Vancouver’s Open Data Day was a full house of some 80 grassroots activists, with attendance throughout the day by city staff, including Linda, the caretaker of the Vancouver Open Data portal and the voice of @VanOpenData on Twitter. I missed the “Speed Data-ing” session in the morning, where participants could circulate among city providers of datasets to talk directly about was available and what each side wanted. I’m told that national minister the Honourable Tony Clement was also there (who now is responsible for the Government of Canada’s Open Data portal data.gc.ca, but who also in 2010 helped turn off the spigot of open data at its source by killing the long form census). I saw Councilmember Andrea Reimer there for the afternoon working session, and listening to the day-end wrap-ups, tweeting summaries of each project. I won’t try to describe all the projects. Take a look at the Vancouver Open Data Day 2013 wiki page, or the tweets tagged #vodhd13 (for Vancouver), and tagged #OpenData (worldwide).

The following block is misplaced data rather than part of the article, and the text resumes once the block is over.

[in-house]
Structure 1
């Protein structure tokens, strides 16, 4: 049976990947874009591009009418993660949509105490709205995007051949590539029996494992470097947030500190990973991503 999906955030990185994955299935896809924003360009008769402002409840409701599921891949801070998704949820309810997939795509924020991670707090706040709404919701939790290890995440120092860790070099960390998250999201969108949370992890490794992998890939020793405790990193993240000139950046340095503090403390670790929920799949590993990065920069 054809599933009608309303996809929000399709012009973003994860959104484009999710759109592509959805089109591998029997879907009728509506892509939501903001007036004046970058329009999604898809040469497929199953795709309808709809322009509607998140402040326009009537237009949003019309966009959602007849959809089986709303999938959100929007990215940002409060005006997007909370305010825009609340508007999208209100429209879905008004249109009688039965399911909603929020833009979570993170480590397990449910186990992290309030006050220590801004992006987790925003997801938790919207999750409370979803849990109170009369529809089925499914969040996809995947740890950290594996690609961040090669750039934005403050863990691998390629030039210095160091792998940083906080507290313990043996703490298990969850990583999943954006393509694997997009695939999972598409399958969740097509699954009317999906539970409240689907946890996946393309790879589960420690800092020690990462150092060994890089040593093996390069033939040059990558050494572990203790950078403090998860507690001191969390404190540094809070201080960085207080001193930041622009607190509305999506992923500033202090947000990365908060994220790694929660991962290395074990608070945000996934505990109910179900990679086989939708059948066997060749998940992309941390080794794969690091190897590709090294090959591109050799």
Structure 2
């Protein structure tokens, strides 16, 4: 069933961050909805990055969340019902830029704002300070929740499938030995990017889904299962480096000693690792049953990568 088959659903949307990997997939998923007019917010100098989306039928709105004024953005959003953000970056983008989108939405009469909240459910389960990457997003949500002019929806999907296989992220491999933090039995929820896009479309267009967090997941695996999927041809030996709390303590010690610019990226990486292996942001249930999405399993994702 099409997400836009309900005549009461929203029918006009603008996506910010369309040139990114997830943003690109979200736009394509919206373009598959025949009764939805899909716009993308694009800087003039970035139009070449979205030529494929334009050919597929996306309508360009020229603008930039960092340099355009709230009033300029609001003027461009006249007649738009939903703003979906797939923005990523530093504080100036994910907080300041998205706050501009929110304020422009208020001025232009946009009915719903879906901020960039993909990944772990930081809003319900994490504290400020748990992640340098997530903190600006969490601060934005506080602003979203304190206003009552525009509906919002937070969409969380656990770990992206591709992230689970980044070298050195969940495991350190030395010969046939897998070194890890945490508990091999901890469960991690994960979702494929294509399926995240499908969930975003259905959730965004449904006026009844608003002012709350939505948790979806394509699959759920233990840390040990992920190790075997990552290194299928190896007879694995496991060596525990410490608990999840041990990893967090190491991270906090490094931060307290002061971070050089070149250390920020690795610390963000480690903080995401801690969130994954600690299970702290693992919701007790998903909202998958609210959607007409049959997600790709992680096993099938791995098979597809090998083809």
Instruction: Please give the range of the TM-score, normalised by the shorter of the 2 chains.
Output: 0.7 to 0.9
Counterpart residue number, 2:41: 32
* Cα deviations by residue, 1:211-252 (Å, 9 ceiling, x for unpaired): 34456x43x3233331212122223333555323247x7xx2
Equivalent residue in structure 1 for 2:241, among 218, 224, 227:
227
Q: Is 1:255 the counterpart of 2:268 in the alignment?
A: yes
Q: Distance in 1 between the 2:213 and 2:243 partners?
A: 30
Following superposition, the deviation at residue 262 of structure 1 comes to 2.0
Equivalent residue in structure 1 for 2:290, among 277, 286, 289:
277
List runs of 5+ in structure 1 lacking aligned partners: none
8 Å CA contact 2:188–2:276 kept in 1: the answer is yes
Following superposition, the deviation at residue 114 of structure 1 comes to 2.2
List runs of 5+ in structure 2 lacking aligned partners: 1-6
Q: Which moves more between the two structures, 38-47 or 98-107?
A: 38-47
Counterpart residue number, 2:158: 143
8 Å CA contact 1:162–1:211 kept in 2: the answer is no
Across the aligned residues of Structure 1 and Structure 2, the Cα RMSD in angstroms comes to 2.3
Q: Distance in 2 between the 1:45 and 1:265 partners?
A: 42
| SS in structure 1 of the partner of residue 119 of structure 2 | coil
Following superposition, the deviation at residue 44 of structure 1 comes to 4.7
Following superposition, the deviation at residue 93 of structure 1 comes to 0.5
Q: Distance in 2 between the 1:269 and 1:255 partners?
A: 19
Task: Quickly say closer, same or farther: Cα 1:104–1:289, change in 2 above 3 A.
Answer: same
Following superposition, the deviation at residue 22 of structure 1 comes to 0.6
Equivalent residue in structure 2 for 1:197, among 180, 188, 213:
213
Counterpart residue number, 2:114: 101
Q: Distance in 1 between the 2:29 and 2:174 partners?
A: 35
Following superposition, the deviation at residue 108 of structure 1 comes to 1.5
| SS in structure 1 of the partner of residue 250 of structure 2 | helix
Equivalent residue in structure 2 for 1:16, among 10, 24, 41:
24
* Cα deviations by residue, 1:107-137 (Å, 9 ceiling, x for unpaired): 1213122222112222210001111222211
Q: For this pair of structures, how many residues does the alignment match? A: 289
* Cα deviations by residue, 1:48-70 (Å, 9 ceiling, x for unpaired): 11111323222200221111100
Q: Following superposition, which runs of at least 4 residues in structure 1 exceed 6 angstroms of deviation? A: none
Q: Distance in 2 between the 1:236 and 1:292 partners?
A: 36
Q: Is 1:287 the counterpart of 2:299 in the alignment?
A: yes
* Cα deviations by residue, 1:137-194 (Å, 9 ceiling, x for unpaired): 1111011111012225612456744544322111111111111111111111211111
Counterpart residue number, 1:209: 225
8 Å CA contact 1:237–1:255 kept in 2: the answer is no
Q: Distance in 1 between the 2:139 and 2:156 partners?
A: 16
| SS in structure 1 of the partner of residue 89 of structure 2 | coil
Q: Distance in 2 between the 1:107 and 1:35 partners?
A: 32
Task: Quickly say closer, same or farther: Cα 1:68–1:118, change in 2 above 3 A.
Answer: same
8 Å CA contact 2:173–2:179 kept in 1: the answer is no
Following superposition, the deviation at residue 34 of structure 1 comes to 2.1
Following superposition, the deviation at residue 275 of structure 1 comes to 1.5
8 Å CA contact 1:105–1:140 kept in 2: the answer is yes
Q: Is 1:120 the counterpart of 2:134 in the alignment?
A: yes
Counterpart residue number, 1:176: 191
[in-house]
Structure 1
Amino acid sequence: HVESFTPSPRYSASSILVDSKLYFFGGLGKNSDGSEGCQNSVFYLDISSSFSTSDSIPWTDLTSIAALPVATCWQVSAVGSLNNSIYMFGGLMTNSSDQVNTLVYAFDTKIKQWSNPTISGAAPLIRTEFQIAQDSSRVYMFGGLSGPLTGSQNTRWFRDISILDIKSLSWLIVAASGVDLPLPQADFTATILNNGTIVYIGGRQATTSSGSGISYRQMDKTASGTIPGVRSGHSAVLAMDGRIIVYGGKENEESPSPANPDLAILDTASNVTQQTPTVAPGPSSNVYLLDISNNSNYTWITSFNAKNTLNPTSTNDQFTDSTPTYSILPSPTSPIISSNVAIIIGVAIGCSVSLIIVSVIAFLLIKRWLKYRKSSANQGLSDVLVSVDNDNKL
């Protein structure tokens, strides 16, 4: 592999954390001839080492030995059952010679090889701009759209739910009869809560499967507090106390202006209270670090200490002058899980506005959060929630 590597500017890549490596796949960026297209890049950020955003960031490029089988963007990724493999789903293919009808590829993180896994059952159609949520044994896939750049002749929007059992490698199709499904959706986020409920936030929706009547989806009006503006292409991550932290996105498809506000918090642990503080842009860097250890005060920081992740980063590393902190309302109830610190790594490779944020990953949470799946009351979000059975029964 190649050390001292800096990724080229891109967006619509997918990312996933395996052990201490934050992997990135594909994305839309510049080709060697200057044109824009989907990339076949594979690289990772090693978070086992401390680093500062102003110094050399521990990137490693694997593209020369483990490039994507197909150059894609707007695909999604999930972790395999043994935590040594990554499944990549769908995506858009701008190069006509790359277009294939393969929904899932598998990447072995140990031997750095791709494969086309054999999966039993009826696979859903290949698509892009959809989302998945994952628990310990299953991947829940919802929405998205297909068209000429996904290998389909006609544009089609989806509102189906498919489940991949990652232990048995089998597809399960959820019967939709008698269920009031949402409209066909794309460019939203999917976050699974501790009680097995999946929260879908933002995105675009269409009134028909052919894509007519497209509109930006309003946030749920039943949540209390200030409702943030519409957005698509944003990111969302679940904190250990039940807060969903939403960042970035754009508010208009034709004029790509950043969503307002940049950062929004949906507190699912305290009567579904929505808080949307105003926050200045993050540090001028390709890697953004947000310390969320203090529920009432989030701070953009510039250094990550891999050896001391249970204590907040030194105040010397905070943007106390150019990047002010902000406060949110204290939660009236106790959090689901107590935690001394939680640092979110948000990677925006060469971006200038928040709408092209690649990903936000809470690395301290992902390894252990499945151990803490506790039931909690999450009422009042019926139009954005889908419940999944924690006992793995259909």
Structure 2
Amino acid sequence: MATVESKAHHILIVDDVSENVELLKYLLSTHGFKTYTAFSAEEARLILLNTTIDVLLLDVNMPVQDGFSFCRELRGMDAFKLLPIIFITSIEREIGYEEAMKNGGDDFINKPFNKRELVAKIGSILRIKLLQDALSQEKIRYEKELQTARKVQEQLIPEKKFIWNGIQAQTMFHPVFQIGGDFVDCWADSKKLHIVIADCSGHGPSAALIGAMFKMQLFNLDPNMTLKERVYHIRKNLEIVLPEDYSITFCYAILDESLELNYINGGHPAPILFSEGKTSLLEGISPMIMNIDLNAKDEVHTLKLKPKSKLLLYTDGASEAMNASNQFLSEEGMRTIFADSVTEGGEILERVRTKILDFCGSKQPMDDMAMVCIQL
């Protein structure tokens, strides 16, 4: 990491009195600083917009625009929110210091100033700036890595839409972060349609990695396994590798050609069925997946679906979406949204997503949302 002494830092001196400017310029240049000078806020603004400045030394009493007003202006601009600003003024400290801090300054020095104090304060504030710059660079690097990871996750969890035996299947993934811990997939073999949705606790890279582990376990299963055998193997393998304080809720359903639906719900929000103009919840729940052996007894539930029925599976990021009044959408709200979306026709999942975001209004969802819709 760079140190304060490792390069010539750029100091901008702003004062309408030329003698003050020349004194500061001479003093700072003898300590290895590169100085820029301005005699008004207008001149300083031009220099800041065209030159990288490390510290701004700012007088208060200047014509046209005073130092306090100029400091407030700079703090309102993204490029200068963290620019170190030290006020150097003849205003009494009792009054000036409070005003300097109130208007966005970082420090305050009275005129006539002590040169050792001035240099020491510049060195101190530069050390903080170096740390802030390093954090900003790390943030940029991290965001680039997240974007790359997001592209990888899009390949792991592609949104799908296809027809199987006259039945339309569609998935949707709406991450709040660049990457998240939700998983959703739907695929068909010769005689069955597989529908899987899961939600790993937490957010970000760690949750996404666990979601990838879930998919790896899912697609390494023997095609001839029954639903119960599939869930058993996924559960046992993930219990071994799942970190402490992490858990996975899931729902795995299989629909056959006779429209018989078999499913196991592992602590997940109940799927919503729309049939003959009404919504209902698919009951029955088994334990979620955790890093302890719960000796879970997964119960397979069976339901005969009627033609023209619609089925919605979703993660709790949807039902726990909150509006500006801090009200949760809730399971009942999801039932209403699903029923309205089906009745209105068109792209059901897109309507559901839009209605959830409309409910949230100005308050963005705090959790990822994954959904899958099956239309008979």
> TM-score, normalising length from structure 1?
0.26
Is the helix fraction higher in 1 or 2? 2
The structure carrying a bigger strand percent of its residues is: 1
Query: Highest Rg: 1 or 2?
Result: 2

I gave myself two goals for the hackathon. First, provide expertise and increased visibility for internationalisation and multi-lingual issues among the participants. Second, work on a modest project which would move internationalisation of local data forward.